This article represents the opinions, thoughts, and experiences of the author; none of this content has been paid for by any advertiser. The InflammatoryBowelDisease.net team does not recommend or endorse any products or treatments discussed herein. Learn more about how we maintain editorial integrity here.

Comments

  • Snez
    2 weeks ago

    I have been through the whole natural health path and umpteen diets to help with Crohn’s. Some of which has helped and some not. However none of it was a cure or put me into long lasting remission. At most I am sometimes able to function at a level that almost makes me appear “normal” even though I still have symptoms and have to pace carefully. I get that people want to see me well, but sometimes I question the attitude behind this. A testimony or experience of total healing via diet or other means may be exciting and a path of hope, however I object to the lack of humbleness and compassion that sometimes accompanies such stories or advice. It is very unhelpful and damaging to claim that just because this diet, supplement etc has healed or helped a person in a particular situation, that it will also be a sure thing for you. It can add layers of disappointment, feelings of failure, increased pressure, despair and hopelessness to an already vulnerable state of mind and body. Of course there is also finances to consider, the time and energy spent in trying new things. Sometimes it is not possible or manageable to do so and can induce more stress on the ill person. I am very wary of making changes to what I do these days, and certainly resist the pressure of well meaning people’s advice.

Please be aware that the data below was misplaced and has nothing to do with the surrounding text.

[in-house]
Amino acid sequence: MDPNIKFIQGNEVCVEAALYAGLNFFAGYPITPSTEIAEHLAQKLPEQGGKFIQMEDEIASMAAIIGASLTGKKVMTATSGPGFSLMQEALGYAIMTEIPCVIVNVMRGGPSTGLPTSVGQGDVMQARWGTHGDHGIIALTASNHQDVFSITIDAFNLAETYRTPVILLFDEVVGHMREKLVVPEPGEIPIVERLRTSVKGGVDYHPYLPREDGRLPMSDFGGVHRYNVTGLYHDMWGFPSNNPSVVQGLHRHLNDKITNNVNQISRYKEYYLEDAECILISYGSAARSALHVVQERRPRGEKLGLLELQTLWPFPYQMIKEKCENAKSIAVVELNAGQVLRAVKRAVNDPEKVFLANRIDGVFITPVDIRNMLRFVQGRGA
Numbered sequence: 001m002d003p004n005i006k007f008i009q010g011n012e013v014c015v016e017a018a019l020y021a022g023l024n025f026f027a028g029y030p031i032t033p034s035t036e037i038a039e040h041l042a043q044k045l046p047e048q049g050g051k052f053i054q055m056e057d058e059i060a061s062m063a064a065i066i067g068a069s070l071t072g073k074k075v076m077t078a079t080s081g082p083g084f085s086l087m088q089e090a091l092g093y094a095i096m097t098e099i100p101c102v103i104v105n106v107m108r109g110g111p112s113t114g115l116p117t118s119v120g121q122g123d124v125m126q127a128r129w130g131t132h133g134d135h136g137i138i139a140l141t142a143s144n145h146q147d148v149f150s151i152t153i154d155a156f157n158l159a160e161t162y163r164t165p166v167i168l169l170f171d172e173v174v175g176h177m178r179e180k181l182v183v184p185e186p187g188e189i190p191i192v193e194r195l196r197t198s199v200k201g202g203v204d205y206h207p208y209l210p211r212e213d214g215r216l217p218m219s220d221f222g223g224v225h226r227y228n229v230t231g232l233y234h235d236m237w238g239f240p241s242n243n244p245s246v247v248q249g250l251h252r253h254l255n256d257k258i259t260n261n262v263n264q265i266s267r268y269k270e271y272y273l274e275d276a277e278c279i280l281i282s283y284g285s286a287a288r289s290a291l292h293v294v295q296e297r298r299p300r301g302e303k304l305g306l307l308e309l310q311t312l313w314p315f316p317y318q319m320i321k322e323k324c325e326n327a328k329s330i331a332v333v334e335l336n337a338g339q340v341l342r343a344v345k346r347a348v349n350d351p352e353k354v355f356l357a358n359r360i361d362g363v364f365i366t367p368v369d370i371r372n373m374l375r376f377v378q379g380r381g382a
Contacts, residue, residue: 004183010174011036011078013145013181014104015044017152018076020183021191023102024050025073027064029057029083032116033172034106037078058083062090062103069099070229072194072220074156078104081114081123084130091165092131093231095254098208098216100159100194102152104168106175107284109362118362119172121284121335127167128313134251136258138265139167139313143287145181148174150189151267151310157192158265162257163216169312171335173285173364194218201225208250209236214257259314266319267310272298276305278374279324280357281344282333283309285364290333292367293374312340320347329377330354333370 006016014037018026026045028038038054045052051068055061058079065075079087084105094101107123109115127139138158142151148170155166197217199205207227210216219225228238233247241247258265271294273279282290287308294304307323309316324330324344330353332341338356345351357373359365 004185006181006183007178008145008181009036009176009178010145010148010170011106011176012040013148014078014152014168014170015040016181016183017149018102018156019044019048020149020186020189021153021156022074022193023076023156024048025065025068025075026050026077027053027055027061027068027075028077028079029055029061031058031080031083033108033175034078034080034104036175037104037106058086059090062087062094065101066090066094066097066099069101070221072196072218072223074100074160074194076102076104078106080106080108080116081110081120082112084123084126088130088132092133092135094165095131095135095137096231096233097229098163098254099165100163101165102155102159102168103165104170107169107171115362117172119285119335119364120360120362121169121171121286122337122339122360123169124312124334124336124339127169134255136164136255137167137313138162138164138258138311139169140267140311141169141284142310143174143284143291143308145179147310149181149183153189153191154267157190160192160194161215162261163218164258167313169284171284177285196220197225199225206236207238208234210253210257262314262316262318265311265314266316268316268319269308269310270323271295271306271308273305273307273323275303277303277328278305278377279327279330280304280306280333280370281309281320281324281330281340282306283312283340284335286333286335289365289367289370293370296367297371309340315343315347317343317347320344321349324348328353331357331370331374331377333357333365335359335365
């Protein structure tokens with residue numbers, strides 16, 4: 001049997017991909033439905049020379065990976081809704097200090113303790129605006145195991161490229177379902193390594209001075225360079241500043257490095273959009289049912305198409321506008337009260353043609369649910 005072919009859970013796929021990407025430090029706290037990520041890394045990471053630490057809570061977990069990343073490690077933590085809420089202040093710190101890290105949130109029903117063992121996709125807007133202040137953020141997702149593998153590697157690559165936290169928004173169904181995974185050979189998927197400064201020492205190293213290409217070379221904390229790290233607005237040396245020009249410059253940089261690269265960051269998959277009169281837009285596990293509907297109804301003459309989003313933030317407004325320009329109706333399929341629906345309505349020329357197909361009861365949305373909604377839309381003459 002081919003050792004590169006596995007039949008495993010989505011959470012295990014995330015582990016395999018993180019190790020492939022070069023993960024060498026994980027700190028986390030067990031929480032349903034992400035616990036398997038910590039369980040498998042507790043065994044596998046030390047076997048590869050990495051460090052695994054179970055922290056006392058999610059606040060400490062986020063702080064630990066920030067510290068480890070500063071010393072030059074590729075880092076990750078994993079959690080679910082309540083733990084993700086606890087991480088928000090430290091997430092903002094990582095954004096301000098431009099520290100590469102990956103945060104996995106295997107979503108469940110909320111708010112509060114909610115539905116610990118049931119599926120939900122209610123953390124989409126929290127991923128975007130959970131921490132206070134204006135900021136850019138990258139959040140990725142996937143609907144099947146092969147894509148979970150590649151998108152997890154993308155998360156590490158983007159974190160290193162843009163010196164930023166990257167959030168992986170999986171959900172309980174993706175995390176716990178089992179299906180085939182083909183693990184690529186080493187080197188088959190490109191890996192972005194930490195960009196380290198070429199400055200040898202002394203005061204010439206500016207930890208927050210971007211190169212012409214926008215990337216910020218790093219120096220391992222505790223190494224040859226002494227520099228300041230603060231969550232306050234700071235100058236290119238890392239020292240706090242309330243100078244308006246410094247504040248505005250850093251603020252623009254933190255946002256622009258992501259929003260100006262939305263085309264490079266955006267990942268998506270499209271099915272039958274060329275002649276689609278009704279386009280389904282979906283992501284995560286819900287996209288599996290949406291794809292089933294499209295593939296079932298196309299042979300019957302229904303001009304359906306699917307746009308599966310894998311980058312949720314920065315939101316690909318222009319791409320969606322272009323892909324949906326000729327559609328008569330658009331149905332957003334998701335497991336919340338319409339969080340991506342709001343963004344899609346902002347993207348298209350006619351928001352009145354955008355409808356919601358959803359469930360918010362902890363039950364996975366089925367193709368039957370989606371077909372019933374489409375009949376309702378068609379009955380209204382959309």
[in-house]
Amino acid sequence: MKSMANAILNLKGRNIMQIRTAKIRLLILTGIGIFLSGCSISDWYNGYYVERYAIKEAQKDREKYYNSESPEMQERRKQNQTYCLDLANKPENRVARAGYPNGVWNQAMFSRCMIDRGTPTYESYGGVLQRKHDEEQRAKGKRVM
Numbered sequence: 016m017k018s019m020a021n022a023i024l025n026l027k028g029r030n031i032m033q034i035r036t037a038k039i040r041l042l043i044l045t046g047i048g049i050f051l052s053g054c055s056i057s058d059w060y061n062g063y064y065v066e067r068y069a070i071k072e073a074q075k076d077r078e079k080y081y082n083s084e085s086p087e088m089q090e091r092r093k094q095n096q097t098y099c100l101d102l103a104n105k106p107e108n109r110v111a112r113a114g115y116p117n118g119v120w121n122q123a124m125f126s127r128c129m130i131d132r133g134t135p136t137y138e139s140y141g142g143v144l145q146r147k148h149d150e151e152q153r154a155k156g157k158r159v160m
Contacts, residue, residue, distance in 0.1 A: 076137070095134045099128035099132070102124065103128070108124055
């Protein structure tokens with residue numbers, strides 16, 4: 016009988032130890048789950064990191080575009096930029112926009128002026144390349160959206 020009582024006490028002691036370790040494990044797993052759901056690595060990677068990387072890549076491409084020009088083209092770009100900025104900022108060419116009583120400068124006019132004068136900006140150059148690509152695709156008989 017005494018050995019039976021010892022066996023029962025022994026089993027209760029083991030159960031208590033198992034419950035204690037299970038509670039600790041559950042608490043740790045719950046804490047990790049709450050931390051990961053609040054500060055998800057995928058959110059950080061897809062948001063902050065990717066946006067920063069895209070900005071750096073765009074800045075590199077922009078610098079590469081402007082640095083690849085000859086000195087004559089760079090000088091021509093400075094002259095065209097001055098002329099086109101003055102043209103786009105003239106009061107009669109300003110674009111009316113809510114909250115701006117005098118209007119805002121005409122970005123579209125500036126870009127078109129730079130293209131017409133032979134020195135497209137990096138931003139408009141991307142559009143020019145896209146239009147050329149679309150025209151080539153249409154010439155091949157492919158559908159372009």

• crystal.harper moderator
    2 weeks ago

    Thank you for writing this! I often have the same thoughts and completely agree with everything you said. Miracles happen everyday, but they are certainly the exception, not the norm. I’ve actually heard stories of people trying to go the natural route (opposite of their doctor’s advice) with sad outcomes. I don’t think it’s always a bad choice, but I do think it’s important to have a plan in place and get it approved by a doctor. Again, thanks for this!